Our Serious Plastics Addiction
- Dec 22, 2022
- Kelly Harrington, MS, RD
We live in a throwaway society. The next time you’re in a grocery store, take a look around you and note the number of items packaged in plastic.
Humans are producing over 380 million tons of plastic every year, and some reports indicate that up to 50% of that is for single-use purposes – utilized for just a few moments, but on the planet for at least several hundred years. It’s estimated that more than 10 million tons of plastic is dumped into our oceans every year.
Most plastic simply cannot be recycled. U.S. households generated an estimated 51 million tons of plastic waste in 2021, only 2.4 million tons of which was recycled.
Your grandparents used products in reusable, recyclable, or degradable containers made from glass, metals, and paper. But today, discarded plastics are circling the globe at a significant human and environmental cost. This “out of sight, out of mind” mentality is suffocating our oceans and choking our wildlife — but the damage doesn’t end there.
Plastic chemicals are finding their way into your body and accumulating over time. The potential for catastrophic biological consequences for the human race is growing with every discarded bottle or bag.
Plasticizing chemicals like BPA disrupt embryonic development and are linked to heart disease and cancer.
Phthalates dysregulate gene expression and cause genital anomalies, especially in baby boys, that may pass down several generations. DEHP may lead to multiple organ damage. So, whether you look at environmental or biological effects, our careless use of plastics has created a monster needing immediate attention.
Dangerous Levels of BPA Found in More than 95% of People Tested
Perhaps the most well known plastic chemical is BPA (bisphenol-A), widely used in the lining of food cans, plastic water bottles, dental sealants, store receipts, and other products. Unfortunately, BPA is so prevalent that 95% of people tested have potentially dangerous levels in their bodies. BPA leaches out of can linings and into the foods they contain, such as soups and sodas.
BPA is an endocrine disrupter, which means it interferes with your body's hormonal system. An animal study found BPA damages chromosomes and interferes with egg development, which could lead to spontaneous miscarriage, birth defects, and Down syndrome. In other studies, BPA has been linked to obesity, insulin resistance, and cancer. According to Texas A & M geneticist Dr. David Busbee, less than one trillionth of a gram of BPA per one milliliter of food is sufficient to change the functioning and development of cells in your body.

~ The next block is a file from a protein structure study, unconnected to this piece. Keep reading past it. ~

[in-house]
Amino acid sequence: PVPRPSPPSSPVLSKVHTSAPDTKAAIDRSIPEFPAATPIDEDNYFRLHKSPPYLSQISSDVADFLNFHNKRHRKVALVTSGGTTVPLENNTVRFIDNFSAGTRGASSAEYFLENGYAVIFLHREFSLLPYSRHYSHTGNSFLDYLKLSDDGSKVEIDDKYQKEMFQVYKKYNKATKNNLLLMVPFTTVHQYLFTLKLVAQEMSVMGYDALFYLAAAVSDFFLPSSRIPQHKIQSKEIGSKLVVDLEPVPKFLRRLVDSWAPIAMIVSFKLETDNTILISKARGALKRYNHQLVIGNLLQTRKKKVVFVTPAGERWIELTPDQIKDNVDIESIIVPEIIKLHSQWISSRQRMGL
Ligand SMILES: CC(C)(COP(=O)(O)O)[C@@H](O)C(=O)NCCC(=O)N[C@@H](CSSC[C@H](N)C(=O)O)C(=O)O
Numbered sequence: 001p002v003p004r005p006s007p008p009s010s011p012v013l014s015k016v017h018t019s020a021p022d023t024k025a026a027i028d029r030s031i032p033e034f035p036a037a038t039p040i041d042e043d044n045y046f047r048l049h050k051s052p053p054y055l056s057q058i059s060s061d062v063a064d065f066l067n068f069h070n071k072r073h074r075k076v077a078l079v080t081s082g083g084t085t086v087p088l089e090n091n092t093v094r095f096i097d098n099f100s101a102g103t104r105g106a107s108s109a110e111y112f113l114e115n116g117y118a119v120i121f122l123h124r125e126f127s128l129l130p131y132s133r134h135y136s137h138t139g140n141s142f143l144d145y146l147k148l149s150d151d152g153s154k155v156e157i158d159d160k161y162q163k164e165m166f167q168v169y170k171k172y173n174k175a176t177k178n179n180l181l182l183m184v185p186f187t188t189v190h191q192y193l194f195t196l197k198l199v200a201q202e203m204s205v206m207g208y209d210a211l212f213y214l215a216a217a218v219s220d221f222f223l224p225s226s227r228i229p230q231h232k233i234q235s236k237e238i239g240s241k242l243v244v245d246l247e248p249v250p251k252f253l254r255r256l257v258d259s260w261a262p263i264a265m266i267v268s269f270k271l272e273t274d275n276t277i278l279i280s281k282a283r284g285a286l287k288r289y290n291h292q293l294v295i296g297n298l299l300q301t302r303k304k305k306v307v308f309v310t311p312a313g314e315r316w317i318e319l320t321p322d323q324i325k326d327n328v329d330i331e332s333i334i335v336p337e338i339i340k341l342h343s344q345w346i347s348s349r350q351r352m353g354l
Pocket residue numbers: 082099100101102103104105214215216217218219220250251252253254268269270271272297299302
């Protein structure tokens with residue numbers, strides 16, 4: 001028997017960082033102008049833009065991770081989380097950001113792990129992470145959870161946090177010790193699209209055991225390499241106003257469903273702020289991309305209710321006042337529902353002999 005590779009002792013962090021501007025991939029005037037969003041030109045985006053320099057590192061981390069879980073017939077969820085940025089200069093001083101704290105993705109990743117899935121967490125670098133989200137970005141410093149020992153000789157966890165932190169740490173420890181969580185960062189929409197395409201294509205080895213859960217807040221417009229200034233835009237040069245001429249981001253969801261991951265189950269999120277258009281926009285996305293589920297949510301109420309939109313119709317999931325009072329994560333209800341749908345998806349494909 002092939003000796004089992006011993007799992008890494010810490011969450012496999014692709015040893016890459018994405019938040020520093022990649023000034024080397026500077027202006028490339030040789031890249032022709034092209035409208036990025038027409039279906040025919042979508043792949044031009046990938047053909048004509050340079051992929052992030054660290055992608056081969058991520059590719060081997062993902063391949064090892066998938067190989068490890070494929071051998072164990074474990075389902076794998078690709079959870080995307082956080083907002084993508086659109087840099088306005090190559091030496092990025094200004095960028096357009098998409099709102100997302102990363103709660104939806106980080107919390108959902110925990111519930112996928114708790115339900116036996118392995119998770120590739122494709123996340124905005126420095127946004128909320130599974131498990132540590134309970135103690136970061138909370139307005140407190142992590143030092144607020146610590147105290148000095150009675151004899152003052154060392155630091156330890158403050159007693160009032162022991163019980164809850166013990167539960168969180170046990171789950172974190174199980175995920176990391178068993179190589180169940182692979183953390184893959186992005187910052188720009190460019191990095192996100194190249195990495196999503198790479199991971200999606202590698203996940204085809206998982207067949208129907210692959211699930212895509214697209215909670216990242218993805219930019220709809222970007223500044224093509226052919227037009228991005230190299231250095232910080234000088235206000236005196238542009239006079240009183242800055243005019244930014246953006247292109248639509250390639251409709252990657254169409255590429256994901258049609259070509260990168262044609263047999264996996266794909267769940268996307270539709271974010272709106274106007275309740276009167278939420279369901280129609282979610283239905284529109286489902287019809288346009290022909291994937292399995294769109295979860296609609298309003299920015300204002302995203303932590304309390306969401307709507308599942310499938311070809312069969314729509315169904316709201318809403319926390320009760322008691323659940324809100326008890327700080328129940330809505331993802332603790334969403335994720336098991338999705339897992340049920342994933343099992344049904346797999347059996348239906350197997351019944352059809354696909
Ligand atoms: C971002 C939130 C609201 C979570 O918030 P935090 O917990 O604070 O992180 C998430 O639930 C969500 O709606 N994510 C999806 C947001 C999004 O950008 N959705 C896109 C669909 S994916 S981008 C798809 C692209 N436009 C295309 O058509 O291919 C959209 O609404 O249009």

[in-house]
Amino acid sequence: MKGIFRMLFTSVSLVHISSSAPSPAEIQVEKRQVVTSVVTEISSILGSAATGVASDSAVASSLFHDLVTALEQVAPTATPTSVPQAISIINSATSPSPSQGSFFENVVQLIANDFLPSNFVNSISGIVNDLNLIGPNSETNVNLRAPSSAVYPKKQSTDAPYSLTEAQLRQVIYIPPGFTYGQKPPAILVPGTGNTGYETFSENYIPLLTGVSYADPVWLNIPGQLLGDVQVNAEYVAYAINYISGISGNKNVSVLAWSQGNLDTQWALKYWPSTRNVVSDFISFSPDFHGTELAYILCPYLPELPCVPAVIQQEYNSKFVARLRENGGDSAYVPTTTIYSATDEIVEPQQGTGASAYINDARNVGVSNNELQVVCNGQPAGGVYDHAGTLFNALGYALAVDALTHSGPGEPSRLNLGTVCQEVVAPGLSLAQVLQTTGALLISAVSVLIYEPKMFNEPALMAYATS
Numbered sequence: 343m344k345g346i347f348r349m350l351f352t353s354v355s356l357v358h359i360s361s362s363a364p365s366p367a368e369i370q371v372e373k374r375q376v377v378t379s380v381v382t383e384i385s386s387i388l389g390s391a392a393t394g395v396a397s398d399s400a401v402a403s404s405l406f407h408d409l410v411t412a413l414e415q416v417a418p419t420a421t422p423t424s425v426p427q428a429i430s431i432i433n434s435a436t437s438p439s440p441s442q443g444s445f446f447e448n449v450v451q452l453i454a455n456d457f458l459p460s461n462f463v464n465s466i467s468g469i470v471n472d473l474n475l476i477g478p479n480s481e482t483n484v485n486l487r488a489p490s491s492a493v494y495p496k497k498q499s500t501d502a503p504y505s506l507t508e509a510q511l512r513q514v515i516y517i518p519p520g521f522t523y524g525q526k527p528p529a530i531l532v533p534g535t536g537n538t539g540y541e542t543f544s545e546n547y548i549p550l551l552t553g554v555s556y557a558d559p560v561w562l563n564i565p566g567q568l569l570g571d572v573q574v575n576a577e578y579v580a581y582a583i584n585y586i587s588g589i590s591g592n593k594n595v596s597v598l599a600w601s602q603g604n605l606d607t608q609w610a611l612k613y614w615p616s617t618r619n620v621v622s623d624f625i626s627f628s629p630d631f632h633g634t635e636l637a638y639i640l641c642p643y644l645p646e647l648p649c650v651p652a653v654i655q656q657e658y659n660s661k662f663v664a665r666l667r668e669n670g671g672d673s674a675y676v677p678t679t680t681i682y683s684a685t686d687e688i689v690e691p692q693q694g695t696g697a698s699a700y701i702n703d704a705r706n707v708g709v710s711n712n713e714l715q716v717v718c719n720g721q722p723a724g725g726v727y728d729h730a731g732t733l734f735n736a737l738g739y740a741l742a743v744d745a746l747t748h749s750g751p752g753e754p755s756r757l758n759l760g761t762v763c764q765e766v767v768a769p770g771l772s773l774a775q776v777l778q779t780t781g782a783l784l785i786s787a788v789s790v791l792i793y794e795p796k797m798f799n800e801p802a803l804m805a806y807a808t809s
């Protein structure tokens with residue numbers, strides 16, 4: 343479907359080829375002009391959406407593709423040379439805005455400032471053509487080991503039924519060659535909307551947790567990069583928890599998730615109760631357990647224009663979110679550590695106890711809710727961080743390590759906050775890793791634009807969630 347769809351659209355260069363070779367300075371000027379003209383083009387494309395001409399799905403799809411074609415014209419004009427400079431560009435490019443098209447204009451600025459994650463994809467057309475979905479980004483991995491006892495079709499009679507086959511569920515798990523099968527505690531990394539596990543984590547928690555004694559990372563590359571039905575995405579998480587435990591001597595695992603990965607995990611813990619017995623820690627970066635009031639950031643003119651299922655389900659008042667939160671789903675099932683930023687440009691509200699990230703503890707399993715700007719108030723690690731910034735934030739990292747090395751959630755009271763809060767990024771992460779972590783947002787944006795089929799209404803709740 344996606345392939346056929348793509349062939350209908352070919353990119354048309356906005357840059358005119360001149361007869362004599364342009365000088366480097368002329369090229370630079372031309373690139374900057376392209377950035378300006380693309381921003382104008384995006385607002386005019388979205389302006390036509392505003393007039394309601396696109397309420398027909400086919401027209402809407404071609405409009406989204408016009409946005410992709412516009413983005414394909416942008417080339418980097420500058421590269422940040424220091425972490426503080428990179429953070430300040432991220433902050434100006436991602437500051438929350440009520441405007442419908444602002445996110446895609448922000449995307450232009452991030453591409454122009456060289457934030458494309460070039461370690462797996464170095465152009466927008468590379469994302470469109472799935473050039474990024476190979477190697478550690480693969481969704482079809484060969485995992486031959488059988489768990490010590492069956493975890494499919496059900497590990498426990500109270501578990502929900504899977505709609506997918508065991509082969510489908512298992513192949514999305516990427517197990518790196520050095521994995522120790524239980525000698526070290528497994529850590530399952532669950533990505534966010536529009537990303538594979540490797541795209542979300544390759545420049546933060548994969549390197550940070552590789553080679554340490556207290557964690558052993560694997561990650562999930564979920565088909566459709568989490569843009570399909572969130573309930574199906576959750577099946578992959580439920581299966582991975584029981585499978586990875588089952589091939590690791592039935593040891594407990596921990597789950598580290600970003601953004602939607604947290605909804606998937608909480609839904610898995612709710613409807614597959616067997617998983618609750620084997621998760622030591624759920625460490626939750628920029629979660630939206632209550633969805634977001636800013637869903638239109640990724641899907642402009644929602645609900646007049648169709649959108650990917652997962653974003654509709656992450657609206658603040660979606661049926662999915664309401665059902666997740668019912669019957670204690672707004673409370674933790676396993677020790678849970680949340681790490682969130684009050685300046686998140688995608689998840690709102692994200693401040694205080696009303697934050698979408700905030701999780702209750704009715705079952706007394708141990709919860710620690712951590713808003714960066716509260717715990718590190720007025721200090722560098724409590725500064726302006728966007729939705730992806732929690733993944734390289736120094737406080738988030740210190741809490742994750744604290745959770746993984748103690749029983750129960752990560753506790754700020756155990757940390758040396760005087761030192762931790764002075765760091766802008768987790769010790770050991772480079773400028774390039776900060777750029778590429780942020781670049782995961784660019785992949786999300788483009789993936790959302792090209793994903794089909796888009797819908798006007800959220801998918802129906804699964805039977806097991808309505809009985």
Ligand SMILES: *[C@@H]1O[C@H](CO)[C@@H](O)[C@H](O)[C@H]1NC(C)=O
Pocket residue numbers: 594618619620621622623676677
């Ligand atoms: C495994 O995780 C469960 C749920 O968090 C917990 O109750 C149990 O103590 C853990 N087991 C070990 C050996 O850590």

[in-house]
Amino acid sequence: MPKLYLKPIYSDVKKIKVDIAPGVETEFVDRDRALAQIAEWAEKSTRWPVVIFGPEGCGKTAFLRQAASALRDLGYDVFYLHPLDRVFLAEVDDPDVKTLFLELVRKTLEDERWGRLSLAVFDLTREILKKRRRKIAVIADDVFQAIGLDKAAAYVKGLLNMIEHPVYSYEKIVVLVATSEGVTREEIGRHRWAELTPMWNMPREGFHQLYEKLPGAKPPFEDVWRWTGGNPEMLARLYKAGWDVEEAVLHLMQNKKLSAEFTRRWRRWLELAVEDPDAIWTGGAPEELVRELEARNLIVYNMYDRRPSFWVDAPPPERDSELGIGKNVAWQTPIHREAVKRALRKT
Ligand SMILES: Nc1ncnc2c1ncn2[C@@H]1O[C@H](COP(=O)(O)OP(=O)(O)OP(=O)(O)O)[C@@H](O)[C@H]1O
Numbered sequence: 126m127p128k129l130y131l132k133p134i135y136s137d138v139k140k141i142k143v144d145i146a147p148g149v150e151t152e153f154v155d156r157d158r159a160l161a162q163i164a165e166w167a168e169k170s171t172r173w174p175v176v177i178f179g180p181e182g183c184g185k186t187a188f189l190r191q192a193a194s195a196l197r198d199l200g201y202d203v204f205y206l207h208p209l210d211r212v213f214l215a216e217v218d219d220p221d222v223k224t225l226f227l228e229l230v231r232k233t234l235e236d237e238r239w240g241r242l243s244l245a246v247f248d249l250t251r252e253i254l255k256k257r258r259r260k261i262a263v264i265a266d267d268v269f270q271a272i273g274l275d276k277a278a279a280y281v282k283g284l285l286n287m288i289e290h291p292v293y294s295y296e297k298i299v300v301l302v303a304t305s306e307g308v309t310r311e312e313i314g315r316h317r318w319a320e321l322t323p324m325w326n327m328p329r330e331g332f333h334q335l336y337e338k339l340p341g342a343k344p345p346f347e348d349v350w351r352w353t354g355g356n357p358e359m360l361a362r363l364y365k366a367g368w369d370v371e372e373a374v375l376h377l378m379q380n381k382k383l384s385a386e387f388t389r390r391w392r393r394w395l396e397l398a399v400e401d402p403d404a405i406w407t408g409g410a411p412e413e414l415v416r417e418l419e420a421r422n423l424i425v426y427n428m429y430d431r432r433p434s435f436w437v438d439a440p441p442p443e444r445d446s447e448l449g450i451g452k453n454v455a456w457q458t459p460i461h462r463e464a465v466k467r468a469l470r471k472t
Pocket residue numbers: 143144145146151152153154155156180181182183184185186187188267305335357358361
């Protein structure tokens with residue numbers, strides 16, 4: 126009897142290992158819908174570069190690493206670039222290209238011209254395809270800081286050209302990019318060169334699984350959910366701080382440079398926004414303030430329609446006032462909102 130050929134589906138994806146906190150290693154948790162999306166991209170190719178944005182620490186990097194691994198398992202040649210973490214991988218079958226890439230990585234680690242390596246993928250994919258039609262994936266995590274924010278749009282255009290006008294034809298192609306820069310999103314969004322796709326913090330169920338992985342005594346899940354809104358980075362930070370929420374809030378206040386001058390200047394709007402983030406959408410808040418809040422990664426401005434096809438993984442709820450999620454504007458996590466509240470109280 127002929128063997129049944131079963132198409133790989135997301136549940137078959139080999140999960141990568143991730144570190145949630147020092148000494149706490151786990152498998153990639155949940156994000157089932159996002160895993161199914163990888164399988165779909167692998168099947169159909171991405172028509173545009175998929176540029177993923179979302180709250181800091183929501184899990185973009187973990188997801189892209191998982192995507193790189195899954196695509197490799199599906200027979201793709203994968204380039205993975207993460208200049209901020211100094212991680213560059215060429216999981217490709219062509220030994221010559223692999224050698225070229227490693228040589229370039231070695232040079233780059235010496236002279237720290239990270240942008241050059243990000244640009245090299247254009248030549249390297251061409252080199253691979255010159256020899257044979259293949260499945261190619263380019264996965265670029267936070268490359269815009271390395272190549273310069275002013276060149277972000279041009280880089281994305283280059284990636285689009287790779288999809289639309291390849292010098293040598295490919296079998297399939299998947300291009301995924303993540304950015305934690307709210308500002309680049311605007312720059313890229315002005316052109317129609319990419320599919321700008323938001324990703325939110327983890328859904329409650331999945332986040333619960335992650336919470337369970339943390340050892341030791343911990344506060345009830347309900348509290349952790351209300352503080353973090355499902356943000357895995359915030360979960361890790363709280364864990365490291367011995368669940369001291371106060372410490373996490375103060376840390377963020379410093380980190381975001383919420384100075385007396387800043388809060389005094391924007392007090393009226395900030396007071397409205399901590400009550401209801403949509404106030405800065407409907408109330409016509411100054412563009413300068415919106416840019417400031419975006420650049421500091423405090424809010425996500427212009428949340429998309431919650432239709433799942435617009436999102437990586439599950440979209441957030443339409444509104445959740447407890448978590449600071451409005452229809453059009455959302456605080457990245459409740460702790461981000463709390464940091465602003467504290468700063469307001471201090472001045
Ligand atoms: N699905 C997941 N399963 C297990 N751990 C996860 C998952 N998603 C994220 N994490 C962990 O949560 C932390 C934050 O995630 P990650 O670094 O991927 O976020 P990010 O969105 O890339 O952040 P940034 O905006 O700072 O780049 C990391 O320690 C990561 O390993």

Studies show adults with the highest levels of BPA in their urine are more than twice as likely to develop narrowed arteries and coronary heart disease as those with the lowest levels. A British health survey correlated higher levels of urinary BPA with an increased risk of heart disease. One study found eating canned goods increases urinary BPA concentrations more than 1,000-fold.
BPA studies have captured the public’s attention, and there is growing legislation to limit its use, as a result. The state of California declared BPA a reproductive health hazard. The message is clear: BPA is harmful and should be avoided.
BPS May Be Worse than BPA
As the public has grown increasingly wary of BPA, a slew of BPA-free plastics have hit the market, from water bottles to plastic toys. However, many companies are simply swapping out BPA for another bisphenol, bisphenol-S (BPS), which is now showing up in human urine at levels similar to those of BPA. Research suggests BPS has hormone-mimicking characteristics similar to BPA, but it may be significantly less biodegradable, and more heat-stable and photo-resistant, which means it may be even more toxic than BPA over time.